The plotting and planning for a novel requires a lot of upfront work but when a detail is required mid-paragraph, a highly-distractible writer might lose an hour in a Wikipedia loop. One way to avoid this is to mark up the section for later (I use square brackets and caps lock], continue writing, and research all the little details later.

Research is a vital part of any writer’s process, but some writers get lost in it – or put off actually writing the novel until their research is complete. But you can always do more research – at some point, every writer has to close Google and trust their instincts!

MEDIA KIT BinaryWitness-RosieClaverton (2)Police detectives rely on Amy Lane to track the digital debris of their most elusive criminals–when she’s not in the throes of a panic attack. After two students disappear in Cardiff, Amy uncovers photographic evidence that they’ve been murdered. From the safety of her computer, she looks through the city’s digital eyes to trace the steps of a killer.

Amy’s investigation requires footwork, however, and the agoraphobic genius can’t hack it alone. She turns to her newly-hired cleaner, ex-con Jason Carr. Jason is fascinated by both Amy and the work, and can’t refuse even when she sends him into situations that risk returning him to prison.

The killer strikes again and again, and Amy and Jason are the only investigators closing in on him. But Amy’s psyche is cracking under the strain, and Jason’s past is catching up with him. To stop the next murder, they must hold their unconventional partnership together at any cost.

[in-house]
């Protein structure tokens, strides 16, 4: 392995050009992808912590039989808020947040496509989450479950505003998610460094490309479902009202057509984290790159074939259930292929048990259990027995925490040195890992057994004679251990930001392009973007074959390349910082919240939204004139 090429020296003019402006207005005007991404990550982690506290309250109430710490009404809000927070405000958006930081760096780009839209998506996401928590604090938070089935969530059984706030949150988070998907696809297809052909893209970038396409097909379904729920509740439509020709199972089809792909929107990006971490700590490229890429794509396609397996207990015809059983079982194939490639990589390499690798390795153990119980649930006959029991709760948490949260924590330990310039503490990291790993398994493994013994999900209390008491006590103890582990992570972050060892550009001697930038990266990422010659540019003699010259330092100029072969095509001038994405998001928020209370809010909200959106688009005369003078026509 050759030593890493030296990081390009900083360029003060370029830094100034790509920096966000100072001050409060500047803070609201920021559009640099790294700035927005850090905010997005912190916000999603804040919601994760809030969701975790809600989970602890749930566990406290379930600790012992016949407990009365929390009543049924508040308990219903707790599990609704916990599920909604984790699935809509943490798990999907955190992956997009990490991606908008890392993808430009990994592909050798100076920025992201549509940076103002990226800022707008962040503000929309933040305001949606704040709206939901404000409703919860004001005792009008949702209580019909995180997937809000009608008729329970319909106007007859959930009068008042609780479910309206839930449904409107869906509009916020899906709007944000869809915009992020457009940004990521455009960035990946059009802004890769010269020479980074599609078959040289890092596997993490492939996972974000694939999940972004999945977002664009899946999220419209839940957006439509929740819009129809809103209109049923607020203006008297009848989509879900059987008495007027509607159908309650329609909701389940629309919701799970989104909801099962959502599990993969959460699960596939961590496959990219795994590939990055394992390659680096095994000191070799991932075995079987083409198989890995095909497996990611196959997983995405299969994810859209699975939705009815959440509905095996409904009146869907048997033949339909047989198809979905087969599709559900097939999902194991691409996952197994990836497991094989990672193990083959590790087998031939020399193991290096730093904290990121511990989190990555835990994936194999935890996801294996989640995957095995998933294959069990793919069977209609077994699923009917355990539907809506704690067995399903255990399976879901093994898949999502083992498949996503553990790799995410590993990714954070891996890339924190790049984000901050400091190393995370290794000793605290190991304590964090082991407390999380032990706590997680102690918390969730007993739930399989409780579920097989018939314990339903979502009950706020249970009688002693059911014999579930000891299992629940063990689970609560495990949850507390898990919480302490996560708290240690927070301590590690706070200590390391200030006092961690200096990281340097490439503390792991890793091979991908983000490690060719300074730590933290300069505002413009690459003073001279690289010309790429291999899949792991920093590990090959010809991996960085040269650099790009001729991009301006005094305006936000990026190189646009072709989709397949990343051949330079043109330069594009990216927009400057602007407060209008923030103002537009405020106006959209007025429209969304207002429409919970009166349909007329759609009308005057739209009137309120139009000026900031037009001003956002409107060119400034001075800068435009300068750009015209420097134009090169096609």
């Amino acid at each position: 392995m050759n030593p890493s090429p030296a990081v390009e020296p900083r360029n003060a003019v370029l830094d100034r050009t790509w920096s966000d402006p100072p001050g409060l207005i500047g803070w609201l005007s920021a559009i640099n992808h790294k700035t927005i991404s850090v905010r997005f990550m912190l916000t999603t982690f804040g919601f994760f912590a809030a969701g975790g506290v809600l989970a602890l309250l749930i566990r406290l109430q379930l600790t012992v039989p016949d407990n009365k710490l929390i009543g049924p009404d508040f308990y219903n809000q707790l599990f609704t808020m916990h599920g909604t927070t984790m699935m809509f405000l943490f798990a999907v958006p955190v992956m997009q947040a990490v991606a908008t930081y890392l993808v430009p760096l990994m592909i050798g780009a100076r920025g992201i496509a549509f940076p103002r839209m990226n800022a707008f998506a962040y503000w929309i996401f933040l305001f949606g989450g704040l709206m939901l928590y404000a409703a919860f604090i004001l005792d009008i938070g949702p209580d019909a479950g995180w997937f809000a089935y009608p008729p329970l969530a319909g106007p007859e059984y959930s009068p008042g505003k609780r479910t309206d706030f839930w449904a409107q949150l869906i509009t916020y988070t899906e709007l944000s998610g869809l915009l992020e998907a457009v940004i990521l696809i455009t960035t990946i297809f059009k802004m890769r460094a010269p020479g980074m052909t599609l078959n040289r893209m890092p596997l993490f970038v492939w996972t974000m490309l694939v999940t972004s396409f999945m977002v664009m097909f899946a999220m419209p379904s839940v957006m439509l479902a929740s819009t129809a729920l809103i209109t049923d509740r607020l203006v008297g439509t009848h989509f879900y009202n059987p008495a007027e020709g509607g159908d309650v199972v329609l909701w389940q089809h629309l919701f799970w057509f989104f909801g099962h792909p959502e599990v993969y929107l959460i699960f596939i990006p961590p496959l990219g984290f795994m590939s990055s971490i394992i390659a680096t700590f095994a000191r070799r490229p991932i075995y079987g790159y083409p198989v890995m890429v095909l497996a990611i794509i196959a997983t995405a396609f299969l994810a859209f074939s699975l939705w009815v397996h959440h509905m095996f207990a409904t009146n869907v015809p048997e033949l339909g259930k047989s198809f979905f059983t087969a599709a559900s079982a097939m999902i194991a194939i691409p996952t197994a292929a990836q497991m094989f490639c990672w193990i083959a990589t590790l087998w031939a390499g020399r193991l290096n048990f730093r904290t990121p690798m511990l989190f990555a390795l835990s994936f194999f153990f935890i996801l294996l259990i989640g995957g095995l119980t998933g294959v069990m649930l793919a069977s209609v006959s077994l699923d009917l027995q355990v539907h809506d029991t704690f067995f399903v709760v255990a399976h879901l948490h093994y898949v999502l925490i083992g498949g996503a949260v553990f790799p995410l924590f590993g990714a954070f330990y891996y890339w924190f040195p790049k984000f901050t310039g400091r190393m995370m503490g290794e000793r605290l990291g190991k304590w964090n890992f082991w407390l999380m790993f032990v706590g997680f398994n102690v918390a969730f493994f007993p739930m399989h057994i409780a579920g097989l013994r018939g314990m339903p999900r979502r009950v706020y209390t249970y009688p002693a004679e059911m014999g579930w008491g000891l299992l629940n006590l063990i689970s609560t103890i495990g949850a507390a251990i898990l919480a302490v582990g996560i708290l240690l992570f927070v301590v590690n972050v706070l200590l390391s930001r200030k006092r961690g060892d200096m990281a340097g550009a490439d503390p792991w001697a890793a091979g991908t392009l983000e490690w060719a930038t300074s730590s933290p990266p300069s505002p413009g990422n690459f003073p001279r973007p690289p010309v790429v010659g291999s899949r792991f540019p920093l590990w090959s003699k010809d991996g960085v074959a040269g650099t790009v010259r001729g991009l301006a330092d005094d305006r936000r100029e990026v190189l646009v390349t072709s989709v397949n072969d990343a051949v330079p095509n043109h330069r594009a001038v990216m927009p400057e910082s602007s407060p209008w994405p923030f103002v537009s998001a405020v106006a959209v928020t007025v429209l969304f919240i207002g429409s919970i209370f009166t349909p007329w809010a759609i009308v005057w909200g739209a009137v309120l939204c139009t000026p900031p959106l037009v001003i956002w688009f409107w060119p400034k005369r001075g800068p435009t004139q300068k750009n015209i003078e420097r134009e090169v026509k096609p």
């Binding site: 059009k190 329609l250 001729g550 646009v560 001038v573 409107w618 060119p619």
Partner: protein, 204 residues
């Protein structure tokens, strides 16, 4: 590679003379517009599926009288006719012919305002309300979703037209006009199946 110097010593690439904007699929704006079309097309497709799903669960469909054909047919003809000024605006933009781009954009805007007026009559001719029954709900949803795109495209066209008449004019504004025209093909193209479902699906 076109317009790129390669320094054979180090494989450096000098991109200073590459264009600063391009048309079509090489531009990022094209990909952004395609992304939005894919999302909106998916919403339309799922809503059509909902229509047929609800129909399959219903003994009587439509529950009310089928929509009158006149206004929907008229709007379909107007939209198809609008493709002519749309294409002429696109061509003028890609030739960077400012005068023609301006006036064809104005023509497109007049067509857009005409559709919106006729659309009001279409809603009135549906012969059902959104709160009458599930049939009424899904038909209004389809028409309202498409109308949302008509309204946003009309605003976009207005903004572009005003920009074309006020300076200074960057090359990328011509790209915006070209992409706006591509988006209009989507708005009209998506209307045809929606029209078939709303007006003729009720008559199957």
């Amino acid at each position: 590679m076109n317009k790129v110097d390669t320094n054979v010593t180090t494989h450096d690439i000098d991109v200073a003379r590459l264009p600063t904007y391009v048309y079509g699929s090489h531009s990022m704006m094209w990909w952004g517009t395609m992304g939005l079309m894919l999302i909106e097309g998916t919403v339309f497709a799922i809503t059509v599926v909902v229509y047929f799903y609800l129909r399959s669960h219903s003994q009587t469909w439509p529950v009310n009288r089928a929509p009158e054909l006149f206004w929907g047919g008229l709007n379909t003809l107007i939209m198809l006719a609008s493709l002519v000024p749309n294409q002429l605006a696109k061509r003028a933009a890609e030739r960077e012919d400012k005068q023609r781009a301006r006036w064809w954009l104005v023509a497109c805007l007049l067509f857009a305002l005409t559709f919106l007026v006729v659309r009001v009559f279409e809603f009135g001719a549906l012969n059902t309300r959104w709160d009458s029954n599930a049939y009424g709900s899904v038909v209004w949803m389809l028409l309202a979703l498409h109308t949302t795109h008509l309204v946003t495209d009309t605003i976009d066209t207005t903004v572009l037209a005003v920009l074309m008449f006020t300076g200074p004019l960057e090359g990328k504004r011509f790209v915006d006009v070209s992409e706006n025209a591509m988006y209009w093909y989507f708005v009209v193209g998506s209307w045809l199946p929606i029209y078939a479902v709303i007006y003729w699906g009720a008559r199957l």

About the Author:Rosie Claverton, December 2013Rosie Claverton grew up in Devon, daughter to a Sri Lankan father and a Norfolk mother, surrounded by folk mythology and surly sheep. She moved to Cardiff to study Medicine and adopted Wales as her home. Her short film “Dragon Chasers” aired on BBC Wales in Autumn 2012. Her debut novel Binary Witness currently available from Carina Press. Currently exiled to London, she lives with her journalist husband and their pet hedgehog.

Facebook Page ~ Series Website ~ Website ~ Twitter: @rosieclaverton

Buy the book at Carina Press, Amazon, Barnes and Noble, or Google Books
iBooks: https://itunes.apple.com/us/book/binary-witness/id827450508?mt=11&ign-mpt=uo%3D4

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Comments

  1. Thank you for hosting! If anyone has any questions about my research or research in general, I’d love to hear from you.

  2. Thanks for hosting!

  3. Michelle F. says:

    I was looking at the picture of your books. I have two of Anna Dean’s books and also the Caleb Carr book The Italian Secretary. I love to read mysteries, especially historical and cozies.

  4. I love Anna Dean – I can’t wait for the next Dido Kent Mystery! I’d like my next series to be historical crime but that would open up a whole library of new research.

  5. I loved blurb.

  6. David M Reynolds says:

    Been interested in this writer for years, just finished reading the novel – absolutely loved it – great British writing – highly recommend!